The UK has entered 2020 with its economy in “stagnation”, amid long-term uncertainty and rising business costs, according to a new report.
And the group warned that Boris Johnson’s government must move quickly to ensure that its Brexit plan delivers “a clear future trading relationship” with the EU in order to strengthen the prospects of restored business investment and growth.
BCC director-general Dr Adam Marshall said the government must use its majority from last month’s election to “take big decisions to stimulate growth”, bringing forward infrastructure spending, reducing business costs, supporting training and ensuring certainty on the future of trade with former EU partners.
Mr Johnson has revived business fears of a no-deal Brexit by ruling out any extension of talks on a future trade deal with the EU beyond the end of this year.
The deadline is regarded as extremely tight by experts, and failure to meet it would mean the UK crashing out on unfavourable World Trade Organisation terms.
The BCC’s survey of more than 6,400 businesses, covering the final quarter of 2019, highlighted a worsening picture in the services sector, which accounts for almost 80 per cent of economic output.
All of the sector’s key indicators worsened compared to the previous quarter, remaining well below their historic average. And the balance of manufacturers reporting a rise in export and domestic orders was negative for the second consecutive quarter – the first time this has happened since 2009 and 2011 respectively.
Investment plans remain weak by historic standards, with the balance of manufacturers planning to increase investment in plant and machinery dropping to its lowest level since 2011. Meanwhile, cash flow has only improved slightly from its lowest level in eight years and remains “very weak” across both manufacturing and service sectors, said the BCC.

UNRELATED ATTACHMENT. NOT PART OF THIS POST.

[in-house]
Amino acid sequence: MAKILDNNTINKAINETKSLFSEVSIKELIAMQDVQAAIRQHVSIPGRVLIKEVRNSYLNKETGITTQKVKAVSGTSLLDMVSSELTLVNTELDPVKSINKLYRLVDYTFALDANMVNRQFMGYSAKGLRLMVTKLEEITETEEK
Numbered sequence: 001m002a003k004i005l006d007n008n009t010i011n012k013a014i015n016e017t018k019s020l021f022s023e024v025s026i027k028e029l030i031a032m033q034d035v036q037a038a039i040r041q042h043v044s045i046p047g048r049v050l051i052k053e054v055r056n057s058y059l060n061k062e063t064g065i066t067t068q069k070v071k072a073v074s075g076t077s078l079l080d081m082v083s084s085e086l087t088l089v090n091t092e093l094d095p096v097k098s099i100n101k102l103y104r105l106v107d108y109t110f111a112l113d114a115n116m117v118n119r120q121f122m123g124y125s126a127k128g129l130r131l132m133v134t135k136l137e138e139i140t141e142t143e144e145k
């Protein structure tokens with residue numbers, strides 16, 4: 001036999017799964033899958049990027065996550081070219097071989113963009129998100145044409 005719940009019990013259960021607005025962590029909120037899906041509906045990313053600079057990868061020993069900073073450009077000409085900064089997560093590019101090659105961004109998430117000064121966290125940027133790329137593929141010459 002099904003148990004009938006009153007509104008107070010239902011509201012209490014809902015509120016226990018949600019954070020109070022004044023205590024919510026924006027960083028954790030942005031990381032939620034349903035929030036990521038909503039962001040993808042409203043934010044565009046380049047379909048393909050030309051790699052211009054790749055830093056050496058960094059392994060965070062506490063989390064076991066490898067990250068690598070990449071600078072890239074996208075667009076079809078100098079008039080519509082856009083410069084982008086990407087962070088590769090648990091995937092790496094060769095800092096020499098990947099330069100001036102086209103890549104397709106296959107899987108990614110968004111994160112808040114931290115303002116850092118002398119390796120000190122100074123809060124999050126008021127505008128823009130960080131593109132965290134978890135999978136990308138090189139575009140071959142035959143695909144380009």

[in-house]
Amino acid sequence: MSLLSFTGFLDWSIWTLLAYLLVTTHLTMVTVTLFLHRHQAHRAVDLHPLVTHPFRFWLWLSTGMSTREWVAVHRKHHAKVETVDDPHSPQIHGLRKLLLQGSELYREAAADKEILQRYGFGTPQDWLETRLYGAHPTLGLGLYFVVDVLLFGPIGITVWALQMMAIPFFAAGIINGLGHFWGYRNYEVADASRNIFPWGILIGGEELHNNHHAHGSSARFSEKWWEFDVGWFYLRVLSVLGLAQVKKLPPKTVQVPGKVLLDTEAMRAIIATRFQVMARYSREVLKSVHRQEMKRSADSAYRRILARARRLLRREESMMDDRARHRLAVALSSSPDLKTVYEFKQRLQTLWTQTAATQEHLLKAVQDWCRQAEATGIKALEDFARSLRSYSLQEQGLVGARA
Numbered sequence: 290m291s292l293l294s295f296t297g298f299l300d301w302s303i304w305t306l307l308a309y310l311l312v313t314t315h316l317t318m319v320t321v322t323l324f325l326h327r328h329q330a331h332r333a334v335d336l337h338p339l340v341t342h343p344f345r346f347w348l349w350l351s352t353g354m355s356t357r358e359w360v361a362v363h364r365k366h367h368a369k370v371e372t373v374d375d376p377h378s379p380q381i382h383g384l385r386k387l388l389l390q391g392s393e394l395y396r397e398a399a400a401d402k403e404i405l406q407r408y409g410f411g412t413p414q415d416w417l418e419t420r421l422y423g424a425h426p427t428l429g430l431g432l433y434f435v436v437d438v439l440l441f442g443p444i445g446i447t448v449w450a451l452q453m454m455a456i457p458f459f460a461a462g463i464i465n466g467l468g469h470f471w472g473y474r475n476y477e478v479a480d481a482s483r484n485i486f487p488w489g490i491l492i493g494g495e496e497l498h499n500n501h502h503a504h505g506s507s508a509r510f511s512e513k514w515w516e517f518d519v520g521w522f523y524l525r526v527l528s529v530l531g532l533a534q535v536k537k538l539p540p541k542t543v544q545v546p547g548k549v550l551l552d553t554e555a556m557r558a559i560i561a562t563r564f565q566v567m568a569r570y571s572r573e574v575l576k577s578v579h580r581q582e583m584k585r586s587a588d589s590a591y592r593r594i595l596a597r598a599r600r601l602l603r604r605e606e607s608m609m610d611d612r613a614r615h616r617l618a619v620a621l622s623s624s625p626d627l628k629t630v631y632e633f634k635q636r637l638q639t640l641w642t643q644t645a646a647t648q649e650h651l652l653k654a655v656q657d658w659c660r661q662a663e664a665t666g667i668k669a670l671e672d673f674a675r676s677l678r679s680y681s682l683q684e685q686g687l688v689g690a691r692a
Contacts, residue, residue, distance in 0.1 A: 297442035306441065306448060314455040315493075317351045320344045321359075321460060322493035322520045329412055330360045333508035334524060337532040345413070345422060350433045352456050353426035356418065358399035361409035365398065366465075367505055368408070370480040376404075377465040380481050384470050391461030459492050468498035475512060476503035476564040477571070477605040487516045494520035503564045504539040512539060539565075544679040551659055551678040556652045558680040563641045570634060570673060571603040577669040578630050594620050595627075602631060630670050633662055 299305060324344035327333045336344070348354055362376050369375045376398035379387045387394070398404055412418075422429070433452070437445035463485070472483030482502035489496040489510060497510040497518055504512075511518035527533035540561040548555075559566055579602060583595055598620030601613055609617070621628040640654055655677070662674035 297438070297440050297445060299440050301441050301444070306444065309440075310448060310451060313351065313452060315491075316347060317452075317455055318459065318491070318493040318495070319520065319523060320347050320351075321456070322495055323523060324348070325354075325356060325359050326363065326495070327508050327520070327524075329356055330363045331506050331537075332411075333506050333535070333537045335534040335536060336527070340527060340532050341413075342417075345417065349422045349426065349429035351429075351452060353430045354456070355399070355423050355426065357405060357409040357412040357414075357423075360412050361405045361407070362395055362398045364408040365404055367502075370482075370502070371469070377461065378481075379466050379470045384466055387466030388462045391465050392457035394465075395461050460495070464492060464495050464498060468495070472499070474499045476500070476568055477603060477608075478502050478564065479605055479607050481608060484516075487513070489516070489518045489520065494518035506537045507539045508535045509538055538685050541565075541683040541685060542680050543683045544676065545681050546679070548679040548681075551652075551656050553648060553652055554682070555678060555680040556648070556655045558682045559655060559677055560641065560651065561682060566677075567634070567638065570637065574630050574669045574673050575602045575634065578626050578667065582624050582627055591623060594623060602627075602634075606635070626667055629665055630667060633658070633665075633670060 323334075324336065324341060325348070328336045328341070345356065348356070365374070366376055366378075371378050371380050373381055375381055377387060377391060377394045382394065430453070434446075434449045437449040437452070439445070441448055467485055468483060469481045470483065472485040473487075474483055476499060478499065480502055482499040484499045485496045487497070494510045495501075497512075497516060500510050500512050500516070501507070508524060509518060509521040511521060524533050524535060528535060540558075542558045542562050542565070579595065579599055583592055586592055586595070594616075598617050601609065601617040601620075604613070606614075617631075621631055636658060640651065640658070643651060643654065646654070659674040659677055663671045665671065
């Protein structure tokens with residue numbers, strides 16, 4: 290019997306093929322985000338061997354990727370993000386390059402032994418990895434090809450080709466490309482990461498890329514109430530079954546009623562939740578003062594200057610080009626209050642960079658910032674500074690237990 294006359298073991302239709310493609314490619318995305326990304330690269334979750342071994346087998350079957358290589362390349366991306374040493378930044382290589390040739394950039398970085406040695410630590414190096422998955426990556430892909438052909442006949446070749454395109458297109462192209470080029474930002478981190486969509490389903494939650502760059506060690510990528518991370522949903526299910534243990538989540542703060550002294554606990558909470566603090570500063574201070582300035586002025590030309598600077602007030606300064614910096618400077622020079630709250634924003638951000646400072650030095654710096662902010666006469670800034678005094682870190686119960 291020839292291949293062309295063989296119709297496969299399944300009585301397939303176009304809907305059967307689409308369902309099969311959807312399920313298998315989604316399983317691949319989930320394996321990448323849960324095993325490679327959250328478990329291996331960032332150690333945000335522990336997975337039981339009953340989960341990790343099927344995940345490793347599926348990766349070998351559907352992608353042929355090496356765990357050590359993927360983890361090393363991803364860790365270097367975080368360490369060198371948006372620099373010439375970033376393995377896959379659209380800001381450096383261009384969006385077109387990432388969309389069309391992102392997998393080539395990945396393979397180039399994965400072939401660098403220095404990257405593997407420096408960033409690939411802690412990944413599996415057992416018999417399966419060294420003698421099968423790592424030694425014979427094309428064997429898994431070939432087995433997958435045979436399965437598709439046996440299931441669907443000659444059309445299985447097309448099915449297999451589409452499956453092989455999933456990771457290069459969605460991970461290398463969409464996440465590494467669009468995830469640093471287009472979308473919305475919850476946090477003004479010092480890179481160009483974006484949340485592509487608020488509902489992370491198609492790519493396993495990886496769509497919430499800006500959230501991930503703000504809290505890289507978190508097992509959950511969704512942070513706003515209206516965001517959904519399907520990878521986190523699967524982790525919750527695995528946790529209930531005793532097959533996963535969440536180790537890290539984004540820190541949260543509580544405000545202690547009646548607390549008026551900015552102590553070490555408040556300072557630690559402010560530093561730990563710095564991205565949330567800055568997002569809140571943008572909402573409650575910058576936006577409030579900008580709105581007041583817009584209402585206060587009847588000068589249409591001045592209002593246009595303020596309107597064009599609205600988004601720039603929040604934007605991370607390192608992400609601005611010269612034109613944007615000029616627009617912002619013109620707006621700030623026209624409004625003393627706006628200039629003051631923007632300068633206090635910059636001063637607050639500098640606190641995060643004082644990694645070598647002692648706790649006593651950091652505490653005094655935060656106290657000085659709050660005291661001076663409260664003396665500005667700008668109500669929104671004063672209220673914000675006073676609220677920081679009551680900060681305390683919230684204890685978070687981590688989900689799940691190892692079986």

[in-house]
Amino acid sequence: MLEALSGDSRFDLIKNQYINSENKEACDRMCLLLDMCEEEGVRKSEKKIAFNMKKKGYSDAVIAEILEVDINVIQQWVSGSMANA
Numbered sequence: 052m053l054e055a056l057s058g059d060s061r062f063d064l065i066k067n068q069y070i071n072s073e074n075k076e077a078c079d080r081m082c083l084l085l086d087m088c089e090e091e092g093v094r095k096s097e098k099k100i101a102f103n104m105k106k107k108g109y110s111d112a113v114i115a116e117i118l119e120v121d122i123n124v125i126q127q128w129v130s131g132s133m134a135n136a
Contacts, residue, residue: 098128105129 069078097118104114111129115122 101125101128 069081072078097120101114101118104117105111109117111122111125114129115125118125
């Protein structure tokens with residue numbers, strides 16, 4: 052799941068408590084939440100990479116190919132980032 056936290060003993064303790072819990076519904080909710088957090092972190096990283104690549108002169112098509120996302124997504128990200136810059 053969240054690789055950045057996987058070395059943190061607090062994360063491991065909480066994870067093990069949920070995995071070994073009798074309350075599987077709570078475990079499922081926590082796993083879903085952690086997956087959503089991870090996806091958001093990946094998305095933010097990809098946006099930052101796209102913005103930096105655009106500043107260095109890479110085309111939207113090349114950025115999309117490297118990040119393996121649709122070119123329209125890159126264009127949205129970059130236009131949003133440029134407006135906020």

Suren Thiru, head of economics at the BCC, said: “The UK economy limped through the final quarter of 2019.
“The fourth quarter was characterised by a broad-based slowdown in the dominant services sector with all key indicators weakening in the quarter, amid sluggish household expenditure and crippling cost pressures.
“Despite some improvements, indicators in the manufacturing sector remain very weak by historic standards and, with indicators for domestic and export orders continuing to contract, the near-term outlook for the sector remains challenging.
“A faltering service sector together with listless manufacturing activity points to a downbeat outturn for UK GDP growth in the fourth quarter of 2019.”
Dr Adam Marshall said: “The end of political deadlock at Westminster must also bring action to renew business confidence and tackle the prolonged stagnation that’s affecting so much of the UK economy. The government must use its newfound majority to take big decisions to stimulate growth.
“If ministers take action to reduce up-front costs, move key infrastructure projects forward, and to help businesses on training, they’ll be rewarded with increased investment.
“However, they also must move quickly over the coming weeks to ensure that Brexit is done right. A clear future trading relationship with the EU is also crucial to many firms’ future investment and growth prospects.”
Responding to the report, a Treasury spokesperson said: “Our economy has been held back by Brexit uncertainty for too long. We are getting Brexit done so we can move on and open a new chapter for our economy.”
EU trade commissioner Phil Hogan has dismissed as a “stunt” Mr Johnson’s refusal to extend the post-Brexit transition period – during which trading relations will remain unchanged – beyond the end of 2020.
A clause outlawing any extension has been inserted into the Withdrawal Agreement Bill, due to be debated by MPs next week and certain to pass by the end of the month given the huge Conservative election victory.
But Mr Hogan earlier this week described the clause as “very odd indeed”. He added: “From our point of view it is important that we move from stunt to substance. It would be helpful if the focus was on content rather than timetables.”
The jibes set the scene for the punishing talks to come after the UK formally leaves the EU on 31 January – but with the crucial future trading relationship undecided.